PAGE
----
In the adphosNIR wavelength range, most plastics and synthetic fibres have a high radiation transparency. The beams immediately penetrate deeply, and heating is performed rapidly and evenly with extremely short processing times. There is also a big reduction in energy consumption because the system does not have to be preheated. In addition, it takes up a lot less space.
Tulle-like DefeXtiles 3D printed: a new quasi-textile
MIT Media Lab graduate student Jack Forman used a standard, inexpensive 3D printer to produce sheets and complex 3D geometries with a woven-like structure based on the “glob-stretch” pattern produced by under-extrusion.
Forman works in the Tangible Media research group with Professor Hiroshi Ishii. “We envision that the materials of the future will be dynamic and computational,” says Ishii. “We call it ‘Radical Atoms.’ DefeXtiles is an excellent example of Radical Atoms, a programmable matter that emulates the properties of existing materials and goes beyond. We can touch, feel, wear, and print them.”
La minute de la texturgie n° 41 - January 2021
Cellulose Fibre Innovation of the Year: the fastest growing fiber group in textiles
For the first time ever, the innovation award “Cellulose Fibre Innovation of the Year” will be granted to the innovative cellulose fiber industry for the development of new technologies and applications. Cellulose fibers are the fastest growing fiber group in textiles, the largest investment sector in the bio-based economy.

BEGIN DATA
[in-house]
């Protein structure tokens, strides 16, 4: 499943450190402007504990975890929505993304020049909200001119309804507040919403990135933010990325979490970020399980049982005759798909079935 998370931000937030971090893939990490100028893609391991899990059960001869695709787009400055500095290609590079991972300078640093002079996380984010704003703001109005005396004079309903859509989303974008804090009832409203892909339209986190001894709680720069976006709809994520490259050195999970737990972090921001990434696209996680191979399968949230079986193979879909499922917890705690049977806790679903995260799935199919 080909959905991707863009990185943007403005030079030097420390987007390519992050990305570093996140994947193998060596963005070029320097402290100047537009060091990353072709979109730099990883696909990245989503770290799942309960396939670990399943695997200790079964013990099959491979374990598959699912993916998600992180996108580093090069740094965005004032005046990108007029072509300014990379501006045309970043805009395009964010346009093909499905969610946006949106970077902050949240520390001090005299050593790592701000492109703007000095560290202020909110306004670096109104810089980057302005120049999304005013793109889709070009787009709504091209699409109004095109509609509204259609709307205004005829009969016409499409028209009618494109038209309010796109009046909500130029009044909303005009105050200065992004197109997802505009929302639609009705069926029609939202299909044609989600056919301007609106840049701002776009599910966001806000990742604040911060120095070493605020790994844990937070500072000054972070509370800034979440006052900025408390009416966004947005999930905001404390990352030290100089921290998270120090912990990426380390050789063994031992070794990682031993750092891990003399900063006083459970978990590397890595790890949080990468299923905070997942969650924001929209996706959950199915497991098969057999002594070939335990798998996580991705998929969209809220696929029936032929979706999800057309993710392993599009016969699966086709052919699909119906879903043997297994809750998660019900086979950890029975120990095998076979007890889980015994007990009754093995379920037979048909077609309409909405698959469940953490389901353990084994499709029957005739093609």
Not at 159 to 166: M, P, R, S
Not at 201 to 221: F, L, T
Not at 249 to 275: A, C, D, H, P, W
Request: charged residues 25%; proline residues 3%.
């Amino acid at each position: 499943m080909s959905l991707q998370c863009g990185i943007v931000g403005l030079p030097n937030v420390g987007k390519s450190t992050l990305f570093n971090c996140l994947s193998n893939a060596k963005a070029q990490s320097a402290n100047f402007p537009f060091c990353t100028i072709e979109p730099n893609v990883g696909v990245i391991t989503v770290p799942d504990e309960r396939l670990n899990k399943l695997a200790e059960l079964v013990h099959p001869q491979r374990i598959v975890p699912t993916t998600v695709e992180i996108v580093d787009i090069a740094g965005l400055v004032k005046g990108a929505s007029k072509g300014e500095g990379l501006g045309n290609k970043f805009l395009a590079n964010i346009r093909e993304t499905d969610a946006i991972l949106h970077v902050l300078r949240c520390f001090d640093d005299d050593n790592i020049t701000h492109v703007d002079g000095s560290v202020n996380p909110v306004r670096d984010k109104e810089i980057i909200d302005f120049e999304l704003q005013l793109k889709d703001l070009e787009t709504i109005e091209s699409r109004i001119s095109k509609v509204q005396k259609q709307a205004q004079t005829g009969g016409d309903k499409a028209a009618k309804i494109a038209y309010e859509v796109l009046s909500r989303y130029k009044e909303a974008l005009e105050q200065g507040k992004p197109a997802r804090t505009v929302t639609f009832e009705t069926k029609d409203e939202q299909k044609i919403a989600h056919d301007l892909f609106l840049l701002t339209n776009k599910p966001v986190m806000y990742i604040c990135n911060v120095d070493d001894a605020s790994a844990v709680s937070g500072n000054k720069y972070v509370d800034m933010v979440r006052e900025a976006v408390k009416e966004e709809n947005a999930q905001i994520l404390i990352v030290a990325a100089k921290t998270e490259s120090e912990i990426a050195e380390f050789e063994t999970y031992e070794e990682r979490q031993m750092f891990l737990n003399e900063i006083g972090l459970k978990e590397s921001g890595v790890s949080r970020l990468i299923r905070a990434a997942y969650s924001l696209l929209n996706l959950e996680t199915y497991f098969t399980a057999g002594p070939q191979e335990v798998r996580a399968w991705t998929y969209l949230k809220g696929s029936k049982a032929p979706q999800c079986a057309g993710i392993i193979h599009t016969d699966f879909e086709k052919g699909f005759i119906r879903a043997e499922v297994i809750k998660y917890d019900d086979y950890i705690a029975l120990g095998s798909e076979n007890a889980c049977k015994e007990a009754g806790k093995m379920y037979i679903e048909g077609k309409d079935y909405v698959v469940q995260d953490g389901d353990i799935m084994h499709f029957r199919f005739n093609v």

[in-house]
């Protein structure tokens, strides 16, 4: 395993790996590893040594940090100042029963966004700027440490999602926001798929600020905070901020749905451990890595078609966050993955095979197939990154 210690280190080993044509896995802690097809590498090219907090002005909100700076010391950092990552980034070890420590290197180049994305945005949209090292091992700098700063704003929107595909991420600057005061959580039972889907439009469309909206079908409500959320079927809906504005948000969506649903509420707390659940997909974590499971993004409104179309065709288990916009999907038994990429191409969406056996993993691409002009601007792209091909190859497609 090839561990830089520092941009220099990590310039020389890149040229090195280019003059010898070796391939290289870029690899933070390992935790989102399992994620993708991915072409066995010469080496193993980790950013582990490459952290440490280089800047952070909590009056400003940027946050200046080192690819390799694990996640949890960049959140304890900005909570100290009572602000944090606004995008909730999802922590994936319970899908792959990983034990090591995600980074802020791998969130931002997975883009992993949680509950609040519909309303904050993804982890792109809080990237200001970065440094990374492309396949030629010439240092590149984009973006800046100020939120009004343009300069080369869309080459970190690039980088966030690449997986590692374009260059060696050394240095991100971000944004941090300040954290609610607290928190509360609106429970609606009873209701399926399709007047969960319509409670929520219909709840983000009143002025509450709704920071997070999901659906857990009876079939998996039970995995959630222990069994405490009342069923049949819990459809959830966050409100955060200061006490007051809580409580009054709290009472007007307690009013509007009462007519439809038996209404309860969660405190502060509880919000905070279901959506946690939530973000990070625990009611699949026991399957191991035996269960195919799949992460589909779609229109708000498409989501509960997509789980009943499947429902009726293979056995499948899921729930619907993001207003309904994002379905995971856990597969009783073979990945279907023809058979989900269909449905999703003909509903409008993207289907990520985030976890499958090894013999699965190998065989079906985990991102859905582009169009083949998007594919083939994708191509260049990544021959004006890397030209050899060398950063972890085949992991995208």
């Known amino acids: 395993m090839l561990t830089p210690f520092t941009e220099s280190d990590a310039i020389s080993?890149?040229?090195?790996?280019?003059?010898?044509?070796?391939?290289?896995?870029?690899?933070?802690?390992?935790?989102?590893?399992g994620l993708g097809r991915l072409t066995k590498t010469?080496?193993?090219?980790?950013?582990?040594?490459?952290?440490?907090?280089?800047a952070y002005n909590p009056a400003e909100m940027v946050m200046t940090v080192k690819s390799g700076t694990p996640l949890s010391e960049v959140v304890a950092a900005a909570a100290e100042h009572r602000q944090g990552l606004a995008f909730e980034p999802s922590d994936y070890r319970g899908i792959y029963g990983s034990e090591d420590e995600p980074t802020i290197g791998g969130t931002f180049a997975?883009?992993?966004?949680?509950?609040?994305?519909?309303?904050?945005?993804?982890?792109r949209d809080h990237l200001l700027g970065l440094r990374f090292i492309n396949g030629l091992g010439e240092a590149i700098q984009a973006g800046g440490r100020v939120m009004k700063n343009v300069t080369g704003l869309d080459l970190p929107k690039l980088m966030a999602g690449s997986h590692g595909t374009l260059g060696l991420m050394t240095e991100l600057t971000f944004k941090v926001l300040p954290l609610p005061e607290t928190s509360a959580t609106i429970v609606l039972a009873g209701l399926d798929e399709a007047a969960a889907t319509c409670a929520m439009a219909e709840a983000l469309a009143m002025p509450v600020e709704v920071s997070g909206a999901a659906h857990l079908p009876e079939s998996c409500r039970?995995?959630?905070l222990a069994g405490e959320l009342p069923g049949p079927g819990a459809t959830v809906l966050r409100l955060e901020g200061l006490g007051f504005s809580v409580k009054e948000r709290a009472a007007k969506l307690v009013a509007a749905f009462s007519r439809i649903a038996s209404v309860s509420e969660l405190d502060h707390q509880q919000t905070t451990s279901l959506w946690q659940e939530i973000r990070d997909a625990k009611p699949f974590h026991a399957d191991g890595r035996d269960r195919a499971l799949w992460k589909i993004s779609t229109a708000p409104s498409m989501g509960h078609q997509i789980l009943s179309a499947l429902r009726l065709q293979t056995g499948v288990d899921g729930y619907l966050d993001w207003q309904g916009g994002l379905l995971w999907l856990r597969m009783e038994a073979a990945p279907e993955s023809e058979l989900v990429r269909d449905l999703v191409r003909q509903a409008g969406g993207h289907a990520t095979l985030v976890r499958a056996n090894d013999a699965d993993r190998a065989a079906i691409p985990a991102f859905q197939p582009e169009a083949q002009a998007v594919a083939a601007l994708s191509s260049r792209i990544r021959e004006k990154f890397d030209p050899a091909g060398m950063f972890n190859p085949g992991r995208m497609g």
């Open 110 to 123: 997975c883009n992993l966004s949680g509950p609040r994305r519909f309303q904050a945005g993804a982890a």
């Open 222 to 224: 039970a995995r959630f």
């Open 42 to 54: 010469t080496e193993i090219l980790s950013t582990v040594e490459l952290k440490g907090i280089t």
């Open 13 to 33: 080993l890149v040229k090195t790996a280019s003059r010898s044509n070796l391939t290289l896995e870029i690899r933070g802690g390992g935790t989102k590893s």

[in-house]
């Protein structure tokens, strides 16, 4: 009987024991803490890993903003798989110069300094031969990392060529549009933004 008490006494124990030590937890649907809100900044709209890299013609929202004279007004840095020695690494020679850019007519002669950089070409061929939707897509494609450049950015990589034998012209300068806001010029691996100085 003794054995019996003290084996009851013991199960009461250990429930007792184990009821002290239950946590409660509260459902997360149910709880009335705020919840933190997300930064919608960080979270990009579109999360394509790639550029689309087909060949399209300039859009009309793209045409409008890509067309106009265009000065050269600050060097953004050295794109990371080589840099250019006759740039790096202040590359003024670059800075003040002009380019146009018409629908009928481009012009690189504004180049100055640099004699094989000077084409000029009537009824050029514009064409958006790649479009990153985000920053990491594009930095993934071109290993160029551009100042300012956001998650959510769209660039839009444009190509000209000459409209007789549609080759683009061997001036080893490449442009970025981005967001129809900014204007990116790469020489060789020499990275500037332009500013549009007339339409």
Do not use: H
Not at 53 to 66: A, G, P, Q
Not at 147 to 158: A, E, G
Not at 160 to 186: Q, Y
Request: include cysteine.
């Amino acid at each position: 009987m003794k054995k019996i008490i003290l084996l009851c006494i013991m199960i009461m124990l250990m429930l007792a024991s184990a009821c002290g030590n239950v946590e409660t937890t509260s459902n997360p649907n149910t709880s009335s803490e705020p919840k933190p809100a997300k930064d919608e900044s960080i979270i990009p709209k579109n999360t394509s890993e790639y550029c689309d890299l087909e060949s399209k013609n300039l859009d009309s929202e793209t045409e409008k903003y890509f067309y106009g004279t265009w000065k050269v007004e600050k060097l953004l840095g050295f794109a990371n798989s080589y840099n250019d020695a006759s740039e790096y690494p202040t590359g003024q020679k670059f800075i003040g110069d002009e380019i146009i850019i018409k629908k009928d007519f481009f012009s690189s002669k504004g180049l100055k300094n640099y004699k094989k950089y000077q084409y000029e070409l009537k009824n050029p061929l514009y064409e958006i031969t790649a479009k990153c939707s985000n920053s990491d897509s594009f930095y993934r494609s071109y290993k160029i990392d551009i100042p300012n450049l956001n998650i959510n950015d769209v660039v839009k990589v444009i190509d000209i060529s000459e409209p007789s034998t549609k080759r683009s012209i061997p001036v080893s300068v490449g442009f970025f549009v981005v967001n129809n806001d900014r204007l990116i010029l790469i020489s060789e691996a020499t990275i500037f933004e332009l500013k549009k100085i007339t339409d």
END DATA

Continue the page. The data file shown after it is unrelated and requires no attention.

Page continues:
The “2nd International Conference on Cellulose Fibres” will cover the entire value chain from lignocellulosic feedstock, dissolving pulp, cellulose fibers — such as rayon, viscose, Modal, lyocell or new developments — to a wide range of applications, woven textiles (clothing) and non-wovens (wipes and technical applications). All these sectors have significantly gained momentum over the last few years.
A process for reusing silk textiles and use it for high-performance thermal insulation
The practice of using recycled materials from other industries, such as post-consumer PET bottles, has been common practice in the textile industry for years. Freudenberg and Ratti are now re-using silk textiles from their own industry, the clothing industry, in a jointly developed process.
Airlaid technology plays a key role in the re-use of silk textiles, enabling Freudenberg to produce waddings with a three-dimensional structure from this material. This leads to excellent thermal insulation properties combined with exceptional breathability.
Call for action on textile wet processing
Water is crucial in textile production. Wet processing in particular – which involves bleaching, dyeing and printing fabrics – is heavily reliant on clean freshwater. It is often difficult to link the fashion brands to the wet processors causing harm.
Planet Tracker layers wet processing factory geolocation data and water risk scores. Critically, for the 740 publicly listed companies directly involved in wet processing activities identified in Planet Tracker’s report, the majority of their factories are concentrated in emerging markets with high water stress (principally India, Pakistan and China), and, consequently, subject to significant water risk.